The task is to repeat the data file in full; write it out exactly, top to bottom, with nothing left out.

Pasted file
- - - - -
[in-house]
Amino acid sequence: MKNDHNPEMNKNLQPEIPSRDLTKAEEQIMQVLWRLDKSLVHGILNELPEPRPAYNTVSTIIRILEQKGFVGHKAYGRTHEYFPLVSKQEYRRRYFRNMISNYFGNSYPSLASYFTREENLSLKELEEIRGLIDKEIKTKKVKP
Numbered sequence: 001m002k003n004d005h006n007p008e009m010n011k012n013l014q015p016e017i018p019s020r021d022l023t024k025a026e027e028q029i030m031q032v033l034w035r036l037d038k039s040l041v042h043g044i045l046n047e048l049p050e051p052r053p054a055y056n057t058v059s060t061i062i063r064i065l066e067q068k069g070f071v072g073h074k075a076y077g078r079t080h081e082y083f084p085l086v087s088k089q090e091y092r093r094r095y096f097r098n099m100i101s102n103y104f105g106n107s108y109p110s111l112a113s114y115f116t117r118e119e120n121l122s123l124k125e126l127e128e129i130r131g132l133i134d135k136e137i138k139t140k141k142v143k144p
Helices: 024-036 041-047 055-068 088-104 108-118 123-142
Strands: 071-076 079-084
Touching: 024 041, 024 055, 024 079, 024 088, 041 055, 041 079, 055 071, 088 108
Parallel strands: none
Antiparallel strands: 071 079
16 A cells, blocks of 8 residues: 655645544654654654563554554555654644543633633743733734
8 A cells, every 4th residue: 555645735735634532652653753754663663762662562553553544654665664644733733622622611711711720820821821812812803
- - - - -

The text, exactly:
[in-house]
Amino acid sequence: MKNDHNPEMNKNLQPEIPSRDLTKAEEQIMQVLWRLDKSLVHGILNELPEPRPAYNTVSTIIRILEQKGFVGHKAYGRTHEYFPLVSKQEYRRRYFRNMISNYFGNSYPSLASYFTREENLSLKELEEIRGLIDKEIKTKKVKP
Numbered sequence: 001m002k003n004d005h006n007p008e009m010n011k012n013l014q015p016e017i018p019s020r021d022l023t024k025a026e027e028q029i030m031q032v033l034w035r036l037d038k039s040l041v042h043g044i045l046n047e048l049p050e051p052r053p054a055y056n057t058v059s060t061i062i063r064i065l066e067q068k069g070f071v072g073h074k075a076y077g078r079t080h081e082y083f084p085l086v087s088k089q090e091y092r093r094r095y096f097r098n099m100i101s102n103y104f105g106n107s108y109p110s111l112a113s114y115f116t117r118e119e120n121l122s123l124k125e126l127e128e129i130r131g132l133i134d135k136e137i138k139t140k141k142v143k144p
Helices: 024-036 041-047 055-068 088-104 108-118 123-142
Strands: 071-076 079-084
Touching: 024 041, 024 055, 024 079, 024 088, 041 055, 041 079, 055 071, 088 108
Parallel strands: none
Antiparallel strands: 071 079
16 A cells, blocks of 8 residues: 655645544654654654563554554555654644543633633743733734
8 A cells, every 4th residue: 555645735735634532652653753754663663762662562553553544654665664644733733622622611711711720820821821812812803